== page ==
Why Arizona Coyotes next home is anyone’s guess

Elliotte Friedman joins George Stroumboulopoulos to talk about situation in Arizona regarding the Coyotes and what it means for the NHL.

So, what now?

The Arizona Coyotes are headed into a bitter courtroom battle that could begin as soon as Thursday, hours after Glendale City Council voted to cancel a 15-year arena lease agreement just two seasons into its existence.

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The team’s outside counsel, Nick Wood, threatened a $200 million lawsuit in the lead-up to the vote. And, you have to expect the Coyotes will file an injunction and/or restraining order blocking the cancellation, pending the court process.

Anyone who says they know how this will play out is kidding themselves. The only certainty is uncertainty — for everyone involved.

The Coyotes held a town hall on Tuesday following weeks of deep internal conversations about their on-ice future. After one of the most painful and disappointing seasons in franchise history, they sold a positive message. Head coach Dave Tippett was confirmed to return; same with captain Shane Doan.

That positive message was demolished by the city’s play. The Coyotes were shocked by the news, but understood council wouldn’t call for a vote without already knowing the outcome.

“At this point the damage is done,” Wood said. “How do we negotiate our way out of being shot in the head by the city?”

What hockey fans care about the most is this: what does this mean for the team? Thursday is June 11. That’s a couple of weeks later than when the Coyotes nearly moved to Winnipeg in May 2010. The NHL did return to the Manitoba capital from Atlanta on May 31, 2011. And that was an organization where the infrastructure was in place to handle a late move.

The calendar dictates there will likely — and I stress the word “likely” — be one more season in Glendale.

There is no arena (yet) in Las Vegas. There is an older facility in Seattle, but the NHL won’t want a stop-gap without knowledge of a long-term solution. That does not exist in the state of Washington, although efforts for a new facility are underway. There is, however, no guarantee.

Kansas City has an arena, but not the hockey infrastructure. There is one locale with both, and Scott Oake mentioned Quebec City in his Game 4 interview with NHL Commissioner Gary Bettman. Bettman brought up time zone inequality and how that would leave the Western Conference with four fewer teams than the East.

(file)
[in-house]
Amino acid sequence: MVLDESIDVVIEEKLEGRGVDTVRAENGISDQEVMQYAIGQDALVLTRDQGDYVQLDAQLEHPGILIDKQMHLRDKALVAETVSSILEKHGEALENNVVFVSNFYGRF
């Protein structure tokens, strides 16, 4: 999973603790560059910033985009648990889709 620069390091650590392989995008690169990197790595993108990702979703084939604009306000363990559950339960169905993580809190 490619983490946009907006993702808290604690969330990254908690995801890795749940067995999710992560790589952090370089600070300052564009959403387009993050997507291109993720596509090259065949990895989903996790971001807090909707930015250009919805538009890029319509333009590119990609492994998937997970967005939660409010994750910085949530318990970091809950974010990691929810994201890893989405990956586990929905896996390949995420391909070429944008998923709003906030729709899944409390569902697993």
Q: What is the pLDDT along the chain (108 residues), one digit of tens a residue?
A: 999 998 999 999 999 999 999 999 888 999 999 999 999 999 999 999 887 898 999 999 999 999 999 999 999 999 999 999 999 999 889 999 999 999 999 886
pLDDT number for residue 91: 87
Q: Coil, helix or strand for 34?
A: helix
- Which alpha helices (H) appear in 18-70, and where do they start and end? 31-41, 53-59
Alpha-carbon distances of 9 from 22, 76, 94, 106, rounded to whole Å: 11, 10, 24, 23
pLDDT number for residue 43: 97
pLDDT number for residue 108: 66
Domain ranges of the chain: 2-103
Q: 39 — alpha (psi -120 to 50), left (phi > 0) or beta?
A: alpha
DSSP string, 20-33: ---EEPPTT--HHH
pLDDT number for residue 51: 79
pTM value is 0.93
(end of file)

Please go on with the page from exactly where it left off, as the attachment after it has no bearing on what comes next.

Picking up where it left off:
Yes, the “New Nordiques” could be slotted into the west, but my guess is the league would prefer to wait a year before going down this road.

Coyotes CEO Anthony LeBlanc had an interesting tweet after the vote was lost.

Maybe I’m reading too much into this, but it was interesting he wrote Arizona instead of Glendale. There’ve been rumours over the past few months of the NBA’s Phoenix Suns looking to build a new arena. There’s at least one report of the location being Scottsdale, which would be a much better fit than Glendale.

To me, this is the key for the future of hockey in Arizona. Is it true? And, if so, can the Coyotes be part of it? I can’t tell you how many times I’ve heard the team would be more successful if the arena was in a better location. That would certainly qualify.

On June 11, my prediction is this will be the case: The team plays in Glendale for one more season, while doing everything it can to figure out if there is a future in the state. No matter how much we’re all tired of this story, we know the NHL does not admit defeat in any market without exhausting every possibility.

The Arizona Bobcats won the Quebec Pee-Wee Tournament. Arizona native son Auston Matthews could be the No. 1 pick in the 2016 Draft. No chance they throw away this growth so easily.

That could mean a new long-term lease agreement with the current city, but after what happened in the past 48 hours, there is no way either side is going to trust the other. Glendale embarrassed the NHL right in the middle of its championship showcase, just as the Blackhawks were clinging for dear life in the tremendous final moments of Game 4.

Arizona’s best chance is a new facility in a better location in tandem with the NBA. An e-mail to Suns president Jason Rowley about the possibility went unreturned on Wednesday, but that, I admit, was a shot in the dark. Over the next few months, this outcome will be investigated to the fullest. If a new arena happens, my guess is one year from now the Coyotes bolt Glendale, returning to what is now Talking Stick Resort Arena, where they played from 1996-2003. Yes, I know it’s not a perfect setup. But, it ends the painful Glendale chapter and there’s optimism at the end of the journey.

If it doesn’t work? In that case, the NHL will seriously consider a formal expansion process at its Board of Governors meeting later this month. When the current divisional set-up was created, it was a three-year commitment. That ends after next season. In a perfect world, if you’re going to move the Coyotes to Quebec City, you do it at the same time as expansion.

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Bettman has said he sees $500 million as an expansion fee. You take that money from Las Vegas. Maybe you take that money from Seattle. You take whatever it costs from Quebec City (Atlanta/Winnipeg was $170 million) and you re-align everything in time for the NHL’s 100th anniversary season in 2016-17. It’s neat, it’s clean and it’s a lot of money.

Again, it’s purely a guess, because we’re all guessing after this surprise situation. But, if that happens, it takes one more season to get there.